Few understand what it means to merge two worlds better than Daniel Arsham. The New York-based artist, best known for turning everyday objects into archaeological discoveries, has built a career by blurring the boundaries between art, luxury, and popular culture. He’s created weathered, crystallized looks for Dior, carved eroded sculptures for Porsche, and even put a dystopian spin on cartoon characters like Mickey Mouse and Pokémon.
By reimagining these contemporary icons, Arsham has managed to engage audiences outside of traditional art circles. This includes an ever-important class of young Chinese consumers who are not only driving luxury’s rebound and dominating auction sales, but also redefining the industry with their appetite for pop and street culture. Gone are the days of collecting Ming dynasty vases; now, Arsham’s “Future Relics” and KAWS are all the rage.
On April 8, Jing Daily partnered with the auction house Sotheby’s to examine this new era of luxury. The webinar, titled “How Popular Culture Has Redefined Luxury in China,” was moderated by Enrique Menendez, Editor-in-Chief of Jing Daily, and featured Arsham as a panelist, along with Ted Gushue, Editor of Porsche’s official magazine, Type 7, and Yuki Terase, Head of Contemporary Art, Sotheby’s Asia.
Together, the group discussed the goldmine of pop culture and luxury collabs, how the pandemic has altered consumer behaviors, and where China comes into play. For a clearer view of this market, here are five key questions they answered.
Is the intersection of popular culture and luxury a paradox?
Menendez opened the discussion with a quote from the late pop artist Keith Haring: “The decision is basically, is art for an educated few, or is art for all people of the time.” But luxury, which traditionally presents itself as exclusionary and elitist, runs against this principle. So, how can the two be reconciled?
“From my perception, luxury has not necessarily been always about price,” Arsham said. “For me, it’s really about two things: the level of craft and scarcity. Once you combine those two things together, you have something that’s desirable.”
The trajectory of sneakers shows just how much luxury’s definition has changed. Terase shared that when Japanese fashion designer Nigo insisted his Adidas Stan Smith shoes be included in a collection auction in 2014, it stirred a debate about whether a storied auction house like Sotheby’s should consider the footwear category. But today, there’s been no hesitation to venture beyond the fine arts given the interest from serious collectors.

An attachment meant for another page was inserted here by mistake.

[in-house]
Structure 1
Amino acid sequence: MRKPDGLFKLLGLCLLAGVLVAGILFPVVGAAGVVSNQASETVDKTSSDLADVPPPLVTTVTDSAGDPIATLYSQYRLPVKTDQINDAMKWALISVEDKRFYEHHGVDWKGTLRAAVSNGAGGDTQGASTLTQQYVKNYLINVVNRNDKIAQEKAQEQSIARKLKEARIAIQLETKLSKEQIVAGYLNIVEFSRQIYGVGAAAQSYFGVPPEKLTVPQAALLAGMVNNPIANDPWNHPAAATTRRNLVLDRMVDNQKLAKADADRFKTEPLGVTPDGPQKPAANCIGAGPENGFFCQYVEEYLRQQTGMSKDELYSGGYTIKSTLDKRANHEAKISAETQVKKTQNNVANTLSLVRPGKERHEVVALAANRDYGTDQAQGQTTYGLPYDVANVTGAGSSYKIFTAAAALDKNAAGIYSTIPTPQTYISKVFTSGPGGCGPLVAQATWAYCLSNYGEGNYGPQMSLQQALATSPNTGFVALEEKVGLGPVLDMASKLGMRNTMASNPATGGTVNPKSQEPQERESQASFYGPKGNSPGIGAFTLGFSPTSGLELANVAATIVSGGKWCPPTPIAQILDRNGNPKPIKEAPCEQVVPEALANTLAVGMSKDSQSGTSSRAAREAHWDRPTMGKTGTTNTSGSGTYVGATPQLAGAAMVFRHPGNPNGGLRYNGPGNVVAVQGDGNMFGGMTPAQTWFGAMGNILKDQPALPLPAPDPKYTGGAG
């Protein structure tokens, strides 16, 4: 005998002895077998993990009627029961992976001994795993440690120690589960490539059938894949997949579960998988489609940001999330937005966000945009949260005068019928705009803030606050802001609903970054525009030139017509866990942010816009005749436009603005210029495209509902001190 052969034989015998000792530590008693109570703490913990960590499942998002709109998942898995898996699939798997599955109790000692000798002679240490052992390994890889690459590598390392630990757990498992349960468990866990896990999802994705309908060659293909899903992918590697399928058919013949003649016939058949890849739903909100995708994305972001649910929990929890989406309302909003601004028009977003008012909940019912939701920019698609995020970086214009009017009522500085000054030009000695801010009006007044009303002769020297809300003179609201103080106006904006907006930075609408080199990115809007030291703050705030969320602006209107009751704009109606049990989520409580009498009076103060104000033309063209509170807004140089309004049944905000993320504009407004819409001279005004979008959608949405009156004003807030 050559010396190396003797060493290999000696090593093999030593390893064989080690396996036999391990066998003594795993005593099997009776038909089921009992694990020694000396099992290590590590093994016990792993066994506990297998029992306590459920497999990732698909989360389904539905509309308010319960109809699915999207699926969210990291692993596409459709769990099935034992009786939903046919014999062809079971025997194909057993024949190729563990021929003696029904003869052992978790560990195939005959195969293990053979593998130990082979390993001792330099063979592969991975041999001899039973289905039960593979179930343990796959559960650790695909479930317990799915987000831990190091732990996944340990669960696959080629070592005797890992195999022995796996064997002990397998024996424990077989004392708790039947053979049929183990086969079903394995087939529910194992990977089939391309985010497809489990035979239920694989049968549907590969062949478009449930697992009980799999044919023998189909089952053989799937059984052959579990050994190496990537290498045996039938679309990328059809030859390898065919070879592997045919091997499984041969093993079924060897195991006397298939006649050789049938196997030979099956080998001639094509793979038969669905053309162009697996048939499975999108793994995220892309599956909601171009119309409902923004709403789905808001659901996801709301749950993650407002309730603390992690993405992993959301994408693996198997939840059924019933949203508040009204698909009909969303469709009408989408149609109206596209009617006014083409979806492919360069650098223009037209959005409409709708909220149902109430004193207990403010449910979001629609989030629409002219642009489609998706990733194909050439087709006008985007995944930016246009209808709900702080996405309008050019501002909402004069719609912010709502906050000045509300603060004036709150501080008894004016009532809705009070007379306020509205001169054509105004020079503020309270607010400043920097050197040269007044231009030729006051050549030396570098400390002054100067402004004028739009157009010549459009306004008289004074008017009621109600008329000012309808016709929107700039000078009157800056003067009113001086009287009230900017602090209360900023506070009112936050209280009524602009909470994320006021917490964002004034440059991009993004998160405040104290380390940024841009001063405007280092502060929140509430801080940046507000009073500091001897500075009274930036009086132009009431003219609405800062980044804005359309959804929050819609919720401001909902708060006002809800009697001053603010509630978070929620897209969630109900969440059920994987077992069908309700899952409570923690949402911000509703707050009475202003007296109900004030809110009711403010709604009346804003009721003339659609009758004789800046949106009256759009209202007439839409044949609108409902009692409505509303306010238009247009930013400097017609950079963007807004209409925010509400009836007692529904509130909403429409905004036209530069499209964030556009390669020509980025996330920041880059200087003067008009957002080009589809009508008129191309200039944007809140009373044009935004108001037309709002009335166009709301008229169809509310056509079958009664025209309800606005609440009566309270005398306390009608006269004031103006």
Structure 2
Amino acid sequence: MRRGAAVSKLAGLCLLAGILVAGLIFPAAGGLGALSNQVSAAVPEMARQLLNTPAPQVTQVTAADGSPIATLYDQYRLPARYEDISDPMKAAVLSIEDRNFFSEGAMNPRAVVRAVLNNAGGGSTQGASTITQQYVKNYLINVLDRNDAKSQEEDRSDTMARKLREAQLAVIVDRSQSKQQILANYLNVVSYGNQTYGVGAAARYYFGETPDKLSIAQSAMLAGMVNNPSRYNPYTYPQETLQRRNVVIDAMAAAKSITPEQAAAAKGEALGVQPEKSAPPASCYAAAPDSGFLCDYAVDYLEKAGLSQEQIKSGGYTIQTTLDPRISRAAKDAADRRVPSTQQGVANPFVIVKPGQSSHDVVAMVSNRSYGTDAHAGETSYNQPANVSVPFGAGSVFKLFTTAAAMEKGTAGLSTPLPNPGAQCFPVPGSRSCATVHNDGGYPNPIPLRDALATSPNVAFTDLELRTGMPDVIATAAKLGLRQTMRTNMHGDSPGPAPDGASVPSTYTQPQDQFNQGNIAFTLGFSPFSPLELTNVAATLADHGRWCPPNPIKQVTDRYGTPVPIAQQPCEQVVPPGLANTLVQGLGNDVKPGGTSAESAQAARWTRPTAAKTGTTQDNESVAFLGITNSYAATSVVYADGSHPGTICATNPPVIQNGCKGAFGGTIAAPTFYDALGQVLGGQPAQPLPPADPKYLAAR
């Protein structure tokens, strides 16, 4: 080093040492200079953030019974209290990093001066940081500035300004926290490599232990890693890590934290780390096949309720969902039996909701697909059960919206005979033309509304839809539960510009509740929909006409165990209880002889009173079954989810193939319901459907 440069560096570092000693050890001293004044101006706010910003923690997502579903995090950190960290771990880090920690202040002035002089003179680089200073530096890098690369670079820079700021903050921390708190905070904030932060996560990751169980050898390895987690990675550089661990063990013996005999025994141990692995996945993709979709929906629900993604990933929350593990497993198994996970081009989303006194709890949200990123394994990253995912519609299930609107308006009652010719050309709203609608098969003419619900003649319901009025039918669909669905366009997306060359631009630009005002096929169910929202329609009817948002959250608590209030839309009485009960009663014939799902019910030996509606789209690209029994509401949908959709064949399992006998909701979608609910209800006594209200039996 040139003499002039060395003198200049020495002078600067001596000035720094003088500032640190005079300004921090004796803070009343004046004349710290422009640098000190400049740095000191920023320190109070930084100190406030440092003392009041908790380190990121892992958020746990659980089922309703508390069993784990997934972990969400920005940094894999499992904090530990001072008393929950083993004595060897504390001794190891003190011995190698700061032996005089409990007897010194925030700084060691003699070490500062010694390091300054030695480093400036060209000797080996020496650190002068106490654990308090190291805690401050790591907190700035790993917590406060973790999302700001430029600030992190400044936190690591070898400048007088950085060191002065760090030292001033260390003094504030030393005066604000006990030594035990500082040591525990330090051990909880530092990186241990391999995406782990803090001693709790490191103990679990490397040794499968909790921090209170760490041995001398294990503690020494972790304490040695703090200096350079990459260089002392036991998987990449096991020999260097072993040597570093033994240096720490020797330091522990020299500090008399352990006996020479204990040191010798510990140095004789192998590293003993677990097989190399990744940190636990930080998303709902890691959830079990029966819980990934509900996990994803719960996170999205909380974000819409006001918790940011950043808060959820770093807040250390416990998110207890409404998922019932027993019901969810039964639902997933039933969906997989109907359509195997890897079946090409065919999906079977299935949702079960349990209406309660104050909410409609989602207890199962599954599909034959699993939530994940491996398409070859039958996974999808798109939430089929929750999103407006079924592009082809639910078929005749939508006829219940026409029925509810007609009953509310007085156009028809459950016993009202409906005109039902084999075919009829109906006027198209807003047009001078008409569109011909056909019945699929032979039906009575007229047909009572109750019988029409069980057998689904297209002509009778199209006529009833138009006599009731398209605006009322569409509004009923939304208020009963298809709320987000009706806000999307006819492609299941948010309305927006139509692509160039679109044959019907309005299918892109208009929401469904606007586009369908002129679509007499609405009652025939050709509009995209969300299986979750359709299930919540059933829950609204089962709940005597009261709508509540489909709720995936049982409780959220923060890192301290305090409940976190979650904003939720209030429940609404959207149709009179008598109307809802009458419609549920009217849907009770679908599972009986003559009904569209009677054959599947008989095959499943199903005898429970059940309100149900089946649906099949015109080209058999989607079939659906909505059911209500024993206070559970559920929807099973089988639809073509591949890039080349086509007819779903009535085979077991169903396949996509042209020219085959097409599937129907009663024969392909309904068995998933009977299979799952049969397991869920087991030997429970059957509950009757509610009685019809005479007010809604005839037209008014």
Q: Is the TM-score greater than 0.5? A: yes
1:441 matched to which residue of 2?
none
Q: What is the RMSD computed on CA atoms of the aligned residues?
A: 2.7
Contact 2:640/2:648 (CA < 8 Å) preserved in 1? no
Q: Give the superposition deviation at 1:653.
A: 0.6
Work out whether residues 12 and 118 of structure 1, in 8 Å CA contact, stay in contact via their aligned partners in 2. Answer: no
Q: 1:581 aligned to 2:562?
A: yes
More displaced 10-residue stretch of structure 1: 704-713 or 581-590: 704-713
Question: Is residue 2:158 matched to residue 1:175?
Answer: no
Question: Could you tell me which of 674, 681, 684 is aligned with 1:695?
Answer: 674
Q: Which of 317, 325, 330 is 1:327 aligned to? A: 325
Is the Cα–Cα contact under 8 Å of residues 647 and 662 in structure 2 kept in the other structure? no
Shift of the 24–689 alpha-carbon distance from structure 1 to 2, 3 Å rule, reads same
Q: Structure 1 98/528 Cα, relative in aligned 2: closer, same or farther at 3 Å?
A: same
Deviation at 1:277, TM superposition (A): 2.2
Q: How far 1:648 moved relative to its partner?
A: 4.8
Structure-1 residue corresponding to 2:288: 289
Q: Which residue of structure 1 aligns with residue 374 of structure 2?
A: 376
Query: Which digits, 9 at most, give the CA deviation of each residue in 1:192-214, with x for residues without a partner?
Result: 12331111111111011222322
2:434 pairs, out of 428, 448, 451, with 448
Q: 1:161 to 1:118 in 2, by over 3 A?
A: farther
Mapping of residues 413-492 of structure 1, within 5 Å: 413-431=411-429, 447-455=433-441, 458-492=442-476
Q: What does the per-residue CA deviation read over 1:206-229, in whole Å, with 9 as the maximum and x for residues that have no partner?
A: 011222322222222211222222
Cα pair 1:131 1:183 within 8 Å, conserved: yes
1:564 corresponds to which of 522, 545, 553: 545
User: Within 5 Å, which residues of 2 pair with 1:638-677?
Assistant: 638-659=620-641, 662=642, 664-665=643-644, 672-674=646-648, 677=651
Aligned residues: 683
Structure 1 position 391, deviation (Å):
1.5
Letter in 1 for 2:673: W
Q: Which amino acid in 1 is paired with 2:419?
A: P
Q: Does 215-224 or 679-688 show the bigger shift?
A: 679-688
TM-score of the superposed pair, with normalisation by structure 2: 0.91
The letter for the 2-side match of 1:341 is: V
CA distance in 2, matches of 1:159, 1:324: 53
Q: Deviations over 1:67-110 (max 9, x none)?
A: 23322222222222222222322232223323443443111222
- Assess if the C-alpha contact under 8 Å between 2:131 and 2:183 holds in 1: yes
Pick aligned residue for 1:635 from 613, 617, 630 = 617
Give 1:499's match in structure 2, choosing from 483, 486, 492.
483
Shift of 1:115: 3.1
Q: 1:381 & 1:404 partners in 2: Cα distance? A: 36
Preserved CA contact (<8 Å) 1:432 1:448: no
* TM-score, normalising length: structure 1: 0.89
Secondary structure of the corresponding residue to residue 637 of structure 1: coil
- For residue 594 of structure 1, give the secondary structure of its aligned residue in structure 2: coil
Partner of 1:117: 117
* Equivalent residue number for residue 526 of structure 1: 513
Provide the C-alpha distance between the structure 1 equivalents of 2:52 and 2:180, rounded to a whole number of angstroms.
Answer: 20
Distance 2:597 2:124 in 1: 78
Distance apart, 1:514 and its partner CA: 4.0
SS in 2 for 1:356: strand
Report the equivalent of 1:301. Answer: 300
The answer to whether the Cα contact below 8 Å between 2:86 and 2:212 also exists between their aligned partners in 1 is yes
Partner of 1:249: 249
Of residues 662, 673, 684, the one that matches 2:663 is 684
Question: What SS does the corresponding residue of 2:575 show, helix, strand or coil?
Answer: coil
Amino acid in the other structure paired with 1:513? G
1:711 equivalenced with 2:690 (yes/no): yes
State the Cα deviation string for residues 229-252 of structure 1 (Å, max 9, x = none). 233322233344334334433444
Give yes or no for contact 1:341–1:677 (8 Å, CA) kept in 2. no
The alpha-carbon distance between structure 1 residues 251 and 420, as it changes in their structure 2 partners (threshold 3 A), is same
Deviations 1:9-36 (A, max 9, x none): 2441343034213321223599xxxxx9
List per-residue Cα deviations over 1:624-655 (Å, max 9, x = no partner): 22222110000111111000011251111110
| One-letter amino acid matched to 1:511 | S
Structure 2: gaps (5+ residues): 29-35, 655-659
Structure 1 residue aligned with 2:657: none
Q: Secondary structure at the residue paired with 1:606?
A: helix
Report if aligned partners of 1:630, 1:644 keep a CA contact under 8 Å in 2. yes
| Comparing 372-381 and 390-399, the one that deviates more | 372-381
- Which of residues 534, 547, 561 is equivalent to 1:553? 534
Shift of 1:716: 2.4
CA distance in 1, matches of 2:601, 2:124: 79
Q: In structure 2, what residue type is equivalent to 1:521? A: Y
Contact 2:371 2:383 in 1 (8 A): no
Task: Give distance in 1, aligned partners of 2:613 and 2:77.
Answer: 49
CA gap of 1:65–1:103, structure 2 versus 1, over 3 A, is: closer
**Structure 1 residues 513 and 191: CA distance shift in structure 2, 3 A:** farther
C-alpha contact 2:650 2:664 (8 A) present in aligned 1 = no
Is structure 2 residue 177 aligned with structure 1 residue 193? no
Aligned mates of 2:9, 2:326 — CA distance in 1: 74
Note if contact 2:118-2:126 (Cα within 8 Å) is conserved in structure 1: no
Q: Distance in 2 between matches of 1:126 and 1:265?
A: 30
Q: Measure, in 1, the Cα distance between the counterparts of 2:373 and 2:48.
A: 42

Can global consumers connect to popular culture from a different country?
While pop culture-themed products often bank on nostalgia for success, Gushue brought up the question: “What if customers don’t share this cultural touchpoint?” Arsham responded by pointing out Porsche’s popularity in China, despite the car not being sold there until 2002. “When these objects become so indelible in the global culture, whether it’s through film or other means, people are familiar with [them],” he said.
Chinese consumers are also good at doing their homework. “The speed of their learning is just incredible,” Terase added. “I have a lot of clients who had not bought a single piece of art three years ago. And now, they tell me what I should be looking at in the market.”
Who is splurging on these collaborations?
Rather than curtailing art spending, the pandemic has created pent-up demand and expedited the rise of a new generation of bidders. Sotheby’s, for one, welcomed “an overwhelming number of new clients from China” last year, with the majority of them being under 45 years old. According to Terase, these wealthy buyers typically fall into one of two categories: They are either second or third-generations of Chinese business magnates who have come of age or are self-made entrepreneurs who took their companies public in their 30s.
How have buying habits changed post-pandemic?
But it’s not just who is spending that’s interesting; it’s how they’re spending. From luxury apparel to fine art, more young consumers are now making major purchases based on pdfs and jpegs rather than seeing the products in person. “Most of [Sotheby’s] Chinese national customers never even see the work beforehand, don’t even come in to have a coffee, and all of a sudden they’ve spent two million on a piece of art that they’ve never met before,” Gushue marveled. “That’s ‘Blade Runner’ stuff to me.”
How will NFTs shape the future of luxury?
Although there’s still a lot of uncertainty surrounding non-fungible tokens, the panelists were optimistic about their ability to empower artists. In addition to helping creators recover a portion of their resales, NFTs may also give them more power over self-branding. “No one buys a musician’s new album because of the label that they belong to,” Terase said. “That isn’t the case with the fine arts, where the gallery system and art fairs and auction houses – the platforms and the boxes – were driving forces. Now, this NFT is bringing power back to the artists and creators themselves.”
Ultimately though, Arsham hopes the medium can be used to create something that didn’t exist before. “There’s a lot of potential in smart contracts on the Ethereum blockchain that haven’t been used yet. And when the medium becomes part of the work, this is where it’ll get very interesting.”